II. Legal Standard

         FOIA imposes a general obligation on the government to provide agency records to the public. 5 U.S.C. § 552(a). The statute carves out explicit exceptions to this disclosure obligation, id. § 552(b), but “[t]he basic purpose of FOIA is to ensure an informed citizenry, vital to the functioning of a democratic society, needed to check against corruption and to hold the governors accountable to the governed, ” NLRB v. Robbins Tire & Rubber Co., 437 U.S. 214, 242 (1978). Congress did not intend, however, “to reduce government agencies to full-time investigators on behalf of requesters.” Judicial Watch v. Export-Import Bank, 108 F.Supp.2d 19, 27 (D.D.C. 2000). As a result, “FOIA creates only a right of access to records, not a right to personal services, ” Hudgins v. IRS, 620 F.Supp. 19, 21 (D.D.C. 1985), aff'd, 808 F.2d 137 (D.C. Cir. 1987), and it confers jurisdiction in the district court only to enjoin an agency from improperly withholding records that are in its possession and control at the time of the FOIA request. “Accordingly, when an agency does not possess or control the records a requester seeks, the agency's non-disclosure does not violate FOIA because it has not ‘withheld' anything.” DiBacco v. U.S. Army, 795 F.3d 178, 192 (D.C. Cir. 2015) (citing Kissinger v. Reporters Committee for Freedom of the Press, 445 U.S. 136, 150 (1980)). Nevertheless, a FOIA requester who is dissatisfied with the agency's no-records response “may . . . challenge the adequacy of the agency's search.” Oglesby v. U.S. Dep't of Army, 920 F.2d 57, 67 (D.C. Cir. 1990).

         FOIA cases are appropriately resolved on summary judgment. See Brayton v. Office of U.S. Trade Rep., 641 F.3d 521, 527 (D.C. Cir. 2011). When an agency's search is questioned, it must show “beyond material doubt that its search was reasonably calculated to uncover all relevant documents.” Ancient Coin Collectors Guild v. U.S. Dep't of State, 641 F.3d 504, 514 (D.C. Cir. 2011) (quoting Valencia-Lucena v. U.S. Coast Guard, 180 F.3d 321, 325 (D.C. Cir. 1999)) (internal quotation marks omitted). An agency's search is judged by the individual circumstances of each case. See Truitt v. Dep't of State, 897 F.2d 540, 542 (D.C. Cir. 1990). The central question is whether the search itself was reasonable, regardless of the results. See Cunningham v. U.S. Dep't of Justice, 40 F.Supp.3d 71, 83-84 (D.D.C. 2014). Therefore, “[t]he adequacy of a FOIA search is generally determined not by the fruits of the search, but by the appropriateness of the methods used to carry out the search.” Iturralde v. Comptroller of Currency, 315 F.3d 311, 315 (D.C. Cir. 2003). Agencies need not scour every database, but rather should conduct a “good faith, reasonable search of those systems of records likely to possess requested records.” Cunningham, 40 F.Supp.3d at 83. Agency declarations, especially from individuals coordinating the search, are accorded “a presumption of good faith, which cannot be rebutted by purely speculative claims about the existence and discoverability of other documents.” SafeCard Servs., Inc. v. SEC, 926 F.2d 1197, 1200 (D.C. Cir. 1991) (citation and internal quotation marks omitted).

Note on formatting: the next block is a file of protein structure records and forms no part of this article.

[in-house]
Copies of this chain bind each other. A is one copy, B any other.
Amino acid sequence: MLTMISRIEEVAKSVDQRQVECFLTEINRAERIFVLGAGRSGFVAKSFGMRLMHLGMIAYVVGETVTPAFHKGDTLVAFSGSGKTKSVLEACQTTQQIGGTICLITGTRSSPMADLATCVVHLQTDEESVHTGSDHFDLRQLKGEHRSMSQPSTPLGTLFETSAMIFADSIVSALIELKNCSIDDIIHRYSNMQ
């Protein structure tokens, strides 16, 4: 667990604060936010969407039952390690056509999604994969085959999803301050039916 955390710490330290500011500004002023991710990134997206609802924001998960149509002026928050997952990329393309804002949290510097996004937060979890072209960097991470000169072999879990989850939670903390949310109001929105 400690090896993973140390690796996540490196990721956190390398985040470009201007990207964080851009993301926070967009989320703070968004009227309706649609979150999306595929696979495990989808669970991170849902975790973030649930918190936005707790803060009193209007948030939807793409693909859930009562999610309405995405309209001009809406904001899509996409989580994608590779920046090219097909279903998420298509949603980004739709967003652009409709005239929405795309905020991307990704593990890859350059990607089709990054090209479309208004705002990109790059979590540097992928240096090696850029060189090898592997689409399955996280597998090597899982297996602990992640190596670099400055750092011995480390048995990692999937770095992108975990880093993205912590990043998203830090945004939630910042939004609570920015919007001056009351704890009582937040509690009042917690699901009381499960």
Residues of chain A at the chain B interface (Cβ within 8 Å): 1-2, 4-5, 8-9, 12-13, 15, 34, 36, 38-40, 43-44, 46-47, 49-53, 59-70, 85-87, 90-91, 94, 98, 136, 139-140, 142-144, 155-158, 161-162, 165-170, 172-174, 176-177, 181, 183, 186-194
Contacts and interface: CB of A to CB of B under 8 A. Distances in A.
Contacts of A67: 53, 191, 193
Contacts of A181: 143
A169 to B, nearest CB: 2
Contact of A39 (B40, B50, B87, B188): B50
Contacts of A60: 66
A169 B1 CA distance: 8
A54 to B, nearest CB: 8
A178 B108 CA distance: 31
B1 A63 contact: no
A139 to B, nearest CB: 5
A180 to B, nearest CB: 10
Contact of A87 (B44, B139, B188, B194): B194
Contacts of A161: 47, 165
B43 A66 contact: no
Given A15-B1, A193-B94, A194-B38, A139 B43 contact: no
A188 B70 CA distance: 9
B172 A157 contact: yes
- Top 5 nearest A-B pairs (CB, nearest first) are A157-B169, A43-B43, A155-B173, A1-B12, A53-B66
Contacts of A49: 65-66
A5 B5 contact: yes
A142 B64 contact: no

Courts can decide-and award-summary judgment solely based on agency affidavits and declarations that are “relatively detailed and non-conclusory.” Id. Important details include what records were searched, who did the search, and what search terms or processes were used. See Judicial Watch., Inc. v. Dep't of the Navy, 971 F.Supp.2d 1, 2 (D.D.C. 2013). A plaintiff can rebut an agency declaration by raising “substantial doubt[s] as to the reasonableness of the search, especially in light of ‘well-defined requests and positive indications of overlooked ...